LAHSA launches pilot program in South LA, focus on getting homeless off public transit

With airy rooms, laundry facilities, outdoor patios and even a pet relief area, the Los Angeles Homeless Services Authority and Mayor Karen Bass showed off its Welcome Navigation Center in South Los Angeles to FOX 11 on Thursday.

The 24,000-square-foot facility represents what LAHSA officials said is a new model for interim housing, in that it provides 24/7 wrap-around services meant to get people ready and moving into some kind of permanent housing within 30 days.

The facility holds 80 beds, and the new pilot program has already signed up 203 people. Of those, 12 have found permanent housing, about 50 are still going through the process, and the rest have either left or moved on to other programs, according to LAHSA CEO Dr. Va Lecia Adams Kellum.

The center does not allow walk-ins. Everyone there is referred. Right now, there's special emphasis on people found living on Metro trains and buses, or in Metro stations, an issue FOX 11 has been profiling for years. Just last month, a Metro rider shared video appearing to show homeless people using a bus as their personal shelter.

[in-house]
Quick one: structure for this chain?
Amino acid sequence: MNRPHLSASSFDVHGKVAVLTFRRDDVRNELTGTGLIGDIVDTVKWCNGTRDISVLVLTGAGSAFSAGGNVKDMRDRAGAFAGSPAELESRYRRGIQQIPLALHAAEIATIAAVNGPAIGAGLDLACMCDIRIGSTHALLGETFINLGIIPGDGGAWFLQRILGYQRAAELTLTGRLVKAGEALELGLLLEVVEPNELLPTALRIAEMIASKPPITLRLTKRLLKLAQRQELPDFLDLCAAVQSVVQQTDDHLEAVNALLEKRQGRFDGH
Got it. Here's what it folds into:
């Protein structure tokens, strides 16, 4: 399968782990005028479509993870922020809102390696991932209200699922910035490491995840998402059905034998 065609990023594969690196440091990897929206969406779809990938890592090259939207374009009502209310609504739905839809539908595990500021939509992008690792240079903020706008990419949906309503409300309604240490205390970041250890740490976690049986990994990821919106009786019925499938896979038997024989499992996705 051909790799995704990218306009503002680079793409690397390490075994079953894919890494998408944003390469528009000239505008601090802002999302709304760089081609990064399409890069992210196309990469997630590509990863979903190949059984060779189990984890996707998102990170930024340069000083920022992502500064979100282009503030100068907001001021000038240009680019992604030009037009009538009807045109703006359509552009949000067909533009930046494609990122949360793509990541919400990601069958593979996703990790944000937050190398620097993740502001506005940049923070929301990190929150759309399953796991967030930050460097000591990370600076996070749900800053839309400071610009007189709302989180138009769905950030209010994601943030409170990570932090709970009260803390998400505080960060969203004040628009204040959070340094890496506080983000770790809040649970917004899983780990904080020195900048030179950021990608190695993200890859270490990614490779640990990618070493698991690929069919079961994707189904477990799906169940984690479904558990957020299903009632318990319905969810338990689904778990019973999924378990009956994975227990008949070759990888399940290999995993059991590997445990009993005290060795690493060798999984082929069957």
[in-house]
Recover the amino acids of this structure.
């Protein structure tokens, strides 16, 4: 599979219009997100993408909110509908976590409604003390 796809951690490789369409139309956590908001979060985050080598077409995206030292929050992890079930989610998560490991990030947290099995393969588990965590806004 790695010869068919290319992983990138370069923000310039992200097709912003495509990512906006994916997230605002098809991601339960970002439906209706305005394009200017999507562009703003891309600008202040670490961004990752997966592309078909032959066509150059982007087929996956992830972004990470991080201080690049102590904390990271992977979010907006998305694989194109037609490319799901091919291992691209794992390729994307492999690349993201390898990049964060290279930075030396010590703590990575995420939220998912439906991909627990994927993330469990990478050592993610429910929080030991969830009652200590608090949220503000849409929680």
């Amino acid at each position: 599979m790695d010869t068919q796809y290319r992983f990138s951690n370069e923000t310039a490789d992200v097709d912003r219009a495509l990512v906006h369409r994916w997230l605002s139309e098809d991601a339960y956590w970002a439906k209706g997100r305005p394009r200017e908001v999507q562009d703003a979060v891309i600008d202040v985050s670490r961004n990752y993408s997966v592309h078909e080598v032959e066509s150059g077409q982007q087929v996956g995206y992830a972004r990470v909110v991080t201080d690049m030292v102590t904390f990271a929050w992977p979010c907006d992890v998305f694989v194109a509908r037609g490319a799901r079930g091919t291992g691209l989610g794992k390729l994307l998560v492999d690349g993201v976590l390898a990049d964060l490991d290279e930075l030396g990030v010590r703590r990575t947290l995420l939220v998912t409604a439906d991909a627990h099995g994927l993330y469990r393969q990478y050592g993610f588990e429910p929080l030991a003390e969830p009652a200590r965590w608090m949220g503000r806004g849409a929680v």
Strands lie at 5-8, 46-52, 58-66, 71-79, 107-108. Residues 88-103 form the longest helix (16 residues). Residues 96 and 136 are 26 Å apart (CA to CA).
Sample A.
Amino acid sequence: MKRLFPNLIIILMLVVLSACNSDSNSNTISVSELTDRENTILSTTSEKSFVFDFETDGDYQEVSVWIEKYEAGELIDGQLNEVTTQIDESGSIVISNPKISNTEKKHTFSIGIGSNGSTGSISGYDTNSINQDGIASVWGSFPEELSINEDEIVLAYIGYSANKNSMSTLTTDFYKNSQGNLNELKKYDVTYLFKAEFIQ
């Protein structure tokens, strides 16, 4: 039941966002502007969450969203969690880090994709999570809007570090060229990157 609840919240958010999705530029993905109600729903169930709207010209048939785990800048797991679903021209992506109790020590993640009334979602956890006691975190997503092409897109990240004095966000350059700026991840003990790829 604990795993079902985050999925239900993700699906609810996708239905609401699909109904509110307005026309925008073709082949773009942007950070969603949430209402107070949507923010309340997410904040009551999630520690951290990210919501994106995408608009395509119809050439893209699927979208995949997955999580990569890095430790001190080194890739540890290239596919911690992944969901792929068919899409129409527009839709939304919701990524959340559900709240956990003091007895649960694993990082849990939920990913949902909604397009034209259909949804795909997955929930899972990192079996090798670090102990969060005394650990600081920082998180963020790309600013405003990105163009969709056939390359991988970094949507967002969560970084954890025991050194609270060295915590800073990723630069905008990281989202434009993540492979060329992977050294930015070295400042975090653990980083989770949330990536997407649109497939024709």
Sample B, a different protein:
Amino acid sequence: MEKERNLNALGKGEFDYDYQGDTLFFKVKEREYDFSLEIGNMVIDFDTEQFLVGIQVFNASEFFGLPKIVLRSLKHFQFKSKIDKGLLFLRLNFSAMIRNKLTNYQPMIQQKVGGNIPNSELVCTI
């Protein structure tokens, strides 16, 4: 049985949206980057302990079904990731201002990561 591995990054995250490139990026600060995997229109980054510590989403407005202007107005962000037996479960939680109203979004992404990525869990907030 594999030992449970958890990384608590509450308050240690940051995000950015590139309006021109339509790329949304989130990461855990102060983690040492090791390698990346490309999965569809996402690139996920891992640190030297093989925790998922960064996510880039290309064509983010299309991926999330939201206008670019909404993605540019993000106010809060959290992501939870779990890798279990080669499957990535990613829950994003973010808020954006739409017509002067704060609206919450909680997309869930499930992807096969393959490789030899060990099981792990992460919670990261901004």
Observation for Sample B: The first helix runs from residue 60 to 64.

PREVIOUS COVERAGE: Metro buses being called 'LA's biggest homeless shelter' by riders

"Even prior to the recent spike in violence on the line," said Bass, "the number one issue that we were dealing with was homelessness in the public transit system."

In a partnership with Metro, LAHSA has set aside some of the beds for people referred by Metro Ambassadors. 

"An ambassador will be on a train or at a station, see an unhoused person, offer them housing, and suggest that they come here," Bass explained. "Then from here, they are able to get all their documents ready in order to be eligible for housing." 

If the pilot program works, the next step would be to add more 24/7 buildings, but also 24/7 intervention.